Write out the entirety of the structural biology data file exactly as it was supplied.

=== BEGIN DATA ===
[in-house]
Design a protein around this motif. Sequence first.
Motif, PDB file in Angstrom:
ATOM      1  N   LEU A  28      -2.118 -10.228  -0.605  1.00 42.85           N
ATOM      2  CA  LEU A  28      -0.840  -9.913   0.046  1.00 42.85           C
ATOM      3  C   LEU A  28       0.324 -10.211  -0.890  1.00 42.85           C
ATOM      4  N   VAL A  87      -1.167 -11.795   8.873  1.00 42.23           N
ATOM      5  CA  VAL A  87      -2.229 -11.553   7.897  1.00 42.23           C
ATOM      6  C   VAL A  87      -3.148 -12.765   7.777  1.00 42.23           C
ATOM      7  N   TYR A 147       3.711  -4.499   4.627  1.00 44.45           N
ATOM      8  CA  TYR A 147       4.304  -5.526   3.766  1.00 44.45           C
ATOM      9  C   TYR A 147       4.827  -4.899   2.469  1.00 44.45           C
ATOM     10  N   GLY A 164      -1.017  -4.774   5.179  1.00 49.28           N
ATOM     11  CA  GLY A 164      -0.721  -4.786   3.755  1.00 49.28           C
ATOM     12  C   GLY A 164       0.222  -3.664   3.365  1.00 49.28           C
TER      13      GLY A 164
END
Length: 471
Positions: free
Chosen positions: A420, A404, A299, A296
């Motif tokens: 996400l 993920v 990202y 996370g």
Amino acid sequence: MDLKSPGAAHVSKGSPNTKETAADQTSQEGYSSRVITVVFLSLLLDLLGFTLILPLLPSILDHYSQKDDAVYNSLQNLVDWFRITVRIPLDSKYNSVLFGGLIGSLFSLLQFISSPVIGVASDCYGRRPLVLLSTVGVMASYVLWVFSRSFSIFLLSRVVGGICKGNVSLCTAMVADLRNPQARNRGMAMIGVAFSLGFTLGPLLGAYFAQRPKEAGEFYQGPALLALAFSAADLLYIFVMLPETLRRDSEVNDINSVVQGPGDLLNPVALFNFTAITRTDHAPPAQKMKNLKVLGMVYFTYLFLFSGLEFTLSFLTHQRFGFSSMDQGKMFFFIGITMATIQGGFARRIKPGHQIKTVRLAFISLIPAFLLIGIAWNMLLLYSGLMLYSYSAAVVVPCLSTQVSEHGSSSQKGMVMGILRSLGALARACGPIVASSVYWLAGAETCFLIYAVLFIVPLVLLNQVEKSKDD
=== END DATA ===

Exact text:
[in-house]
Design a protein around this motif. Sequence first.
Motif, PDB file in Angstrom:
ATOM      1  N   LEU A  28      -2.118 -10.228  -0.605  1.00 42.85           N
ATOM      2  CA  LEU A  28      -0.840  -9.913   0.046  1.00 42.85           C
ATOM      3  C   LEU A  28       0.324 -10.211  -0.890  1.00 42.85           C
ATOM      4  N   VAL A  87      -1.167 -11.795   8.873  1.00 42.23           N
ATOM      5  CA  VAL A  87      -2.229 -11.553   7.897  1.00 42.23           C
ATOM      6  C   VAL A  87      -3.148 -12.765   7.777  1.00 42.23           C
ATOM      7  N   TYR A 147       3.711  -4.499   4.627  1.00 44.45           N
ATOM      8  CA  TYR A 147       4.304  -5.526   3.766  1.00 44.45           C
ATOM      9  C   TYR A 147       4.827  -4.899   2.469  1.00 44.45           C
ATOM     10  N   GLY A 164      -1.017  -4.774   5.179  1.00 49.28           N
ATOM     11  CA  GLY A 164      -0.721  -4.786   3.755  1.00 49.28           C
ATOM     12  C   GLY A 164       0.222  -3.664   3.365  1.00 49.28           C
TER      13      GLY A 164
END
Length: 471
Positions: free
Chosen positions: A420, A404, A299, A296
């Motif tokens: 996400l 993920v 990202y 996370g």
Amino acid sequence: MDLKSPGAAHVSKGSPNTKETAADQTSQEGYSSRVITVVFLSLLLDLLGFTLILPLLPSILDHYSQKDDAVYNSLQNLVDWFRITVRIPLDSKYNSVLFGGLIGSLFSLLQFISSPVIGVASDCYGRRPLVLLSTVGVMASYVLWVFSRSFSIFLLSRVVGGICKGNVSLCTAMVADLRNPQARNRGMAMIGVAFSLGFTLGPLLGAYFAQRPKEAGEFYQGPALLALAFSAADLLYIFVMLPETLRRDSEVNDINSVVQGPGDLLNPVALFNFTAITRTDHAPPAQKMKNLKVLGMVYFTYLFLFSGLEFTLSFLTHQRFGFSSMDQGKMFFFIGITMATIQGGFARRIKPGHQIKTVRLAFISLIPAFLLIGIAWNMLLLYSGLMLYSYSAAVVVPCLSTQVSEHGSSSQKGMVMGILRSLGALARACGPIVASSVYWLAGAETCFLIYAVLFIVPLVLLNQVEKSKDD